The police blotter

Some of our wholesome heroes in the world of sport have been getting into some unwholesome trouble. And that's just this week.

By Gary Kaufman

Published June 22, 2000 7:00PM (EDT)

"I always turn to the sports pages first, which records people's accomplishments," Chief Justice Earl Warren once said. "The front page has nothing but man's failures."

Those were the days. Here's what some of the worthies of the sporting world have been up to the past few days, according to wire services:

  • Placekicker Sebastian Janikowski, the Florida State star chosen in the first round by the Oakland Raiders in this year's draft, was arrested Tuesday by FSU police and charged with possession of GHB, the "date-rape drug." The 22-year-old all-American, who was picked up along with two friends during a police sweep for underage drinkers, pleaded not guilty to a felony charge and posted $2,500 bond.

    A week earlier Janikowski, a native of Poland, had been acquitted of trying to bribe a police officer to let his roommate go after the roommate got into an argument with a club bouncer. A jury agreed with the kicker's lawyer, who argued that he was under the impression he could simply pay a fine on the spot.

  • Nebraska linebacker Mark Vedral faces up to 50 years in prison if convicted on sexual assault charges. Vedral, who was arraigned in Lincoln Wednesday, is accused of having sex with a 20-year-old woman while she slept in the bed of his housemate, Chris Kelsay, also a Nebraska player. The woman had attended a party at the house that night. Vedral denies the charges. He's suspended from the team until the matter is resolved. His trial is set to begin in early August, while Nebraska practice begins Aug. 8.

  • UCLA linebacker Asi Faoa II pleaded not guilty Monday to charges of mayhem and assault in the case of a man left severely brain damaged after being attacked at a fraternity party.

    Rodrigo Dezubriria, 22, also a student, was badly beaten in April at the off-campus party. Faoa, 19, was charged with one count each of mayhem and assault by means likely to produce great bodily injury. The 6-4, 268-pounder, who redshirted during his freshman year last season, is suspended from the team until the matter is resolved. His next court date is July 10.

  • McNeese State released a report Tuesday on former football coach Kirby Bruchhaus that finds he bet on college and pro football games in violation of NCAA rules. The report was prepared by a private investigator hired by McNeese State. Bruchhaus resigned June 6 after assistant coach Jason Pope recanted earlier statements that he knew nothing of Bruchhaus' gambling. Bruchhaus denies the charges, which were first raised just before he was promoted from assistant coach in 1998.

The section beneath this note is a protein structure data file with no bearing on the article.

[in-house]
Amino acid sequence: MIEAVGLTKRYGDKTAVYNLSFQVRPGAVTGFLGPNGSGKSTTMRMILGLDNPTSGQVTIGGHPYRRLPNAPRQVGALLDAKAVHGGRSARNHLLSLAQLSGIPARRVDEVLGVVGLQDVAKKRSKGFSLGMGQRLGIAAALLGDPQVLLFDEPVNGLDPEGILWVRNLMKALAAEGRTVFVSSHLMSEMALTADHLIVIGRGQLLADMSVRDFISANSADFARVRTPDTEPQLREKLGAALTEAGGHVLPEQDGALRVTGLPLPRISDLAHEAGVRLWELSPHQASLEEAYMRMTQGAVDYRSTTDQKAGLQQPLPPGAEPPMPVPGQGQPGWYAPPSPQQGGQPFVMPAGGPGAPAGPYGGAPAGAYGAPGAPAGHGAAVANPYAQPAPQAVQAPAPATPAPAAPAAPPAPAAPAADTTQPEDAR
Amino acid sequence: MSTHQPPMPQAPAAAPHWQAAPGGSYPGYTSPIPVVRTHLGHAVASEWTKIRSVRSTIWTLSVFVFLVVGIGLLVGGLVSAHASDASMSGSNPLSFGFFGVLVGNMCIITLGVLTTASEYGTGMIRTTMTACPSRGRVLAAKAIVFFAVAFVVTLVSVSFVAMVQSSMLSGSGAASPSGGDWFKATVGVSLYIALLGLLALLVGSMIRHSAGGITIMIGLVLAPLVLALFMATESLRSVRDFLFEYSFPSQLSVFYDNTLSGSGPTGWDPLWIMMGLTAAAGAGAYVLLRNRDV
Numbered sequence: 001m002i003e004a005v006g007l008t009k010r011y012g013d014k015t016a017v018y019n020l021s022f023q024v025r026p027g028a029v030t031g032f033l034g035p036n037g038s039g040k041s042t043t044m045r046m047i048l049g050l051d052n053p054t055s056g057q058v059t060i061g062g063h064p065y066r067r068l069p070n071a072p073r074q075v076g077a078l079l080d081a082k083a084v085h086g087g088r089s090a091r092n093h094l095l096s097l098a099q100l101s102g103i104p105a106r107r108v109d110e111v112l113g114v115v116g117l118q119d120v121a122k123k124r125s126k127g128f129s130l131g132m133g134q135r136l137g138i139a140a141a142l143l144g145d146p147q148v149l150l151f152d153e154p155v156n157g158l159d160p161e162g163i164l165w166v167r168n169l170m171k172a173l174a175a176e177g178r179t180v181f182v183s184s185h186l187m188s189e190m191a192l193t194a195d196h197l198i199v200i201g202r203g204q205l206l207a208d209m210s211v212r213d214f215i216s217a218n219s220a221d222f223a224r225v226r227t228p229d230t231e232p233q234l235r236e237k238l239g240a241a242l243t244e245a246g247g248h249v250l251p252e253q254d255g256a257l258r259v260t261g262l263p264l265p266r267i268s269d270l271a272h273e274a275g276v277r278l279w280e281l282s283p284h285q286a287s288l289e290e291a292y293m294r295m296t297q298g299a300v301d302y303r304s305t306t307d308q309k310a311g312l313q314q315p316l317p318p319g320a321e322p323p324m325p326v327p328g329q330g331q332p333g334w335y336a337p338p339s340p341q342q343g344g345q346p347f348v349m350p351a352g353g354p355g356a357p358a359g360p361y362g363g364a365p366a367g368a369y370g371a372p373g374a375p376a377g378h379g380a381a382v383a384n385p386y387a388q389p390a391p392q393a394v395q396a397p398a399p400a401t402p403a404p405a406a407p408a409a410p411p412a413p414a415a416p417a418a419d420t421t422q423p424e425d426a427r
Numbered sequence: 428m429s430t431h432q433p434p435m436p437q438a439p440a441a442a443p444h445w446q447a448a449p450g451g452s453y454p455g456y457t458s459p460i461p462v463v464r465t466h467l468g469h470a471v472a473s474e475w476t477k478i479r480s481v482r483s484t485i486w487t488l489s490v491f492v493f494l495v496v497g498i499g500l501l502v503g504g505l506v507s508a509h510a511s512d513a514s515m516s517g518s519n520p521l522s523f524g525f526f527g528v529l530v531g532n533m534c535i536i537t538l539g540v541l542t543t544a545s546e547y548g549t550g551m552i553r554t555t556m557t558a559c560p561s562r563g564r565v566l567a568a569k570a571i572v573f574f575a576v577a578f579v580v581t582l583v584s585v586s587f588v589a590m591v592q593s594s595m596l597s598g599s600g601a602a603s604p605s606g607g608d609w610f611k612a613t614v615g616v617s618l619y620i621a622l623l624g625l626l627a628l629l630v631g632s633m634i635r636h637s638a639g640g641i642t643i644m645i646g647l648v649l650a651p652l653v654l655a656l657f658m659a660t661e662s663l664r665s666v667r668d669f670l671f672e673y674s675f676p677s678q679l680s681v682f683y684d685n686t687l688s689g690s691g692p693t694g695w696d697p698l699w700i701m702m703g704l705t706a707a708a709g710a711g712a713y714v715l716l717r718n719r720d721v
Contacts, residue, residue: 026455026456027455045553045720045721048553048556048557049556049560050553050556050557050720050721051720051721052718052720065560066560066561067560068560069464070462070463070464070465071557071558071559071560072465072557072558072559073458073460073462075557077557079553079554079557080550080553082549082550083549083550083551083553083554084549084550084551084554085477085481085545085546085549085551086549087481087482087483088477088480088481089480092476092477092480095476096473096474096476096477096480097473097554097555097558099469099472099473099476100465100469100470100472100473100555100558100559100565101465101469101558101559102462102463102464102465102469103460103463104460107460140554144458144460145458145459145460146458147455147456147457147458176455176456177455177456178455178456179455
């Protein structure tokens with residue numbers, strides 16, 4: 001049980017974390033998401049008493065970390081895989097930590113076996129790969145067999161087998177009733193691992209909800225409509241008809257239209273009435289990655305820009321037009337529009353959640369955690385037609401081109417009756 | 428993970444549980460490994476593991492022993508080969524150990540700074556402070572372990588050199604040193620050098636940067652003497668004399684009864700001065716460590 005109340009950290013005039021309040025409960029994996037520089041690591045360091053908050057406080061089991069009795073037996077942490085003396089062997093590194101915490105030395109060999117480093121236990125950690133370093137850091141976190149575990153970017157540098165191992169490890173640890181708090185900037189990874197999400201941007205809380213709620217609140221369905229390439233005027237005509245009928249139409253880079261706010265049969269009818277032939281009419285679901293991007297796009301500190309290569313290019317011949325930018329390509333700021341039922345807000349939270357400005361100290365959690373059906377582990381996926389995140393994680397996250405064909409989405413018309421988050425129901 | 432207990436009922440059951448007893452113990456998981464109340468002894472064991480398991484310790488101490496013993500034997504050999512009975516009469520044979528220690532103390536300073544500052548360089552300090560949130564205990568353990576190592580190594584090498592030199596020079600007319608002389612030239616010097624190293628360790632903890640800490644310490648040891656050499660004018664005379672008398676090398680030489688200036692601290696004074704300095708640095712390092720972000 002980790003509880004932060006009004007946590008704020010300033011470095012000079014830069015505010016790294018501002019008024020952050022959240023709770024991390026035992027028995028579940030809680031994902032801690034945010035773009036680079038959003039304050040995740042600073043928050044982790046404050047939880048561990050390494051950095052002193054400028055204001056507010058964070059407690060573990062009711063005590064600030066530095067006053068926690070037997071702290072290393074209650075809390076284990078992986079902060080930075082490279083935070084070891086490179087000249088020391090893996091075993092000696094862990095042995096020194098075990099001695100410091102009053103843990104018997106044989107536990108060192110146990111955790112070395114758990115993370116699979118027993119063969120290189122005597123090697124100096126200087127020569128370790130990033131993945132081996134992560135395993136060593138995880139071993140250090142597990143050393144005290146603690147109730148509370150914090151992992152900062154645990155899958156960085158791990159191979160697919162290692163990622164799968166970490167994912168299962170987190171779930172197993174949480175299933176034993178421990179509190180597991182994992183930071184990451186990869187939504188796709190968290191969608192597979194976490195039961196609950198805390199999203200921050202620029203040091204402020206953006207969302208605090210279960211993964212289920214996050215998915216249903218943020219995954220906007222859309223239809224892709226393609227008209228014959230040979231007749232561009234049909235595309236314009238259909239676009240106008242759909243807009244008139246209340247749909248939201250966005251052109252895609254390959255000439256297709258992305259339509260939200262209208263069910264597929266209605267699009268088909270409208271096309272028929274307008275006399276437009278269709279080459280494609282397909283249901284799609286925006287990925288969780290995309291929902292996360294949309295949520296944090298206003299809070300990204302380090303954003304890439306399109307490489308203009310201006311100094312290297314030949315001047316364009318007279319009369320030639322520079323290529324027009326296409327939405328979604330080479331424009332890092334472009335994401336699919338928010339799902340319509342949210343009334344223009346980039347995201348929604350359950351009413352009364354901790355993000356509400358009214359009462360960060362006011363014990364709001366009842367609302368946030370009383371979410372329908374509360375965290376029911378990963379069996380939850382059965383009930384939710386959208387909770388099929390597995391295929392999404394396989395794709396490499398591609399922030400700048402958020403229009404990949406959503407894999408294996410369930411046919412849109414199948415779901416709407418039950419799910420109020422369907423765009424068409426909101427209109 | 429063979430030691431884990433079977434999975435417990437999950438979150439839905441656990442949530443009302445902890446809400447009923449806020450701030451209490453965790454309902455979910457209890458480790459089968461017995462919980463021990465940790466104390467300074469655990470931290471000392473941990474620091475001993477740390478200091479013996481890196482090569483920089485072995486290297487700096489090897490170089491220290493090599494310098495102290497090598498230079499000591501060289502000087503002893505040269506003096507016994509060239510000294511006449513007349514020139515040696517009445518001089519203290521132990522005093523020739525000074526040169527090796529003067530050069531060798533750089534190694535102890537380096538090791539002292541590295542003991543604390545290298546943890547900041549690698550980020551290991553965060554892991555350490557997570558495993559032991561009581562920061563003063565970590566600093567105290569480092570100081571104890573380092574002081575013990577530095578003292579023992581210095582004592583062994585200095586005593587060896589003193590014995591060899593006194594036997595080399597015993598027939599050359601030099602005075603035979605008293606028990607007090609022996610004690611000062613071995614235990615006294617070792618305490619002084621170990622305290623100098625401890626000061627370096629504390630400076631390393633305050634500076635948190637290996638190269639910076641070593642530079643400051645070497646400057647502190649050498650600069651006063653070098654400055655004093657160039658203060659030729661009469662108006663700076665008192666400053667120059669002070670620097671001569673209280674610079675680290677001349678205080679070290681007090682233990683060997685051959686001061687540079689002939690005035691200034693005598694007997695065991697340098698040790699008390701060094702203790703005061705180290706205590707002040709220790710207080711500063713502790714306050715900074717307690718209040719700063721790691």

• Police in Torremolinos, Spain, say British swimming coach Cecil Russell was one of four people arrested this week on charges of attempting to smuggle ecstasy tablets into the United States. Russell was picked up at the Olympic pool, where police say they seized 513 tablets of the drug hidden in ceramic figurines. Police say the smugglers planned to mail the figurines to the United States.

    Russell was banned for life from coaching in the U.S. and Canada in 1998 after he was accused of selling anabolic steroids. He's in Spain to train Russian swimmer Nina Jivanevskaia, now a Spanish resident. Jivanevskaia was said to be devastated by the arrest of her coach. The Spanish state news agency says the arrests were part of a crackdown on an ecstasy smuggling ring that sent the drug by mail from Spain and the Netherlands to the United States.

  • And finally: John Rocker. The bigoted pitcher told USA Today Baseball Weekly that when the Braves visit the Mets next week, he plans to ride the No. 7 subway to Shea Stadium -- the very train he talked about in the Sports Illustrated article that got him in trouble last year.

    In that interview, Rocker, no friend to Mets fans even before he opened his mouth, talked about how riders of that train had to ride "next to some kid with purple hair, next to some queer with AIDS, right next to some dude who got out of jail for the fourth time, right next to some 20-year-old mom with four kids. It's depressing." He also insulted virtually every ethnic and social group in the interview, which netted him a fine, a suspension and some mandatory sensitivity training.

    Associated Press writer Lukas I. Alpert rode the No. 7 Wednesday to see how Rocker would be received. "Yeah, let him ride," said one rider. "He'll definitely be hassled." Another said the lefty wouldn't have the guts to ride the subway, which would make Rudy Giuliani happy. The mayor told WFAN radio that the city is trying to persuade the Braves not to let Rocker take the subway for security reasons.

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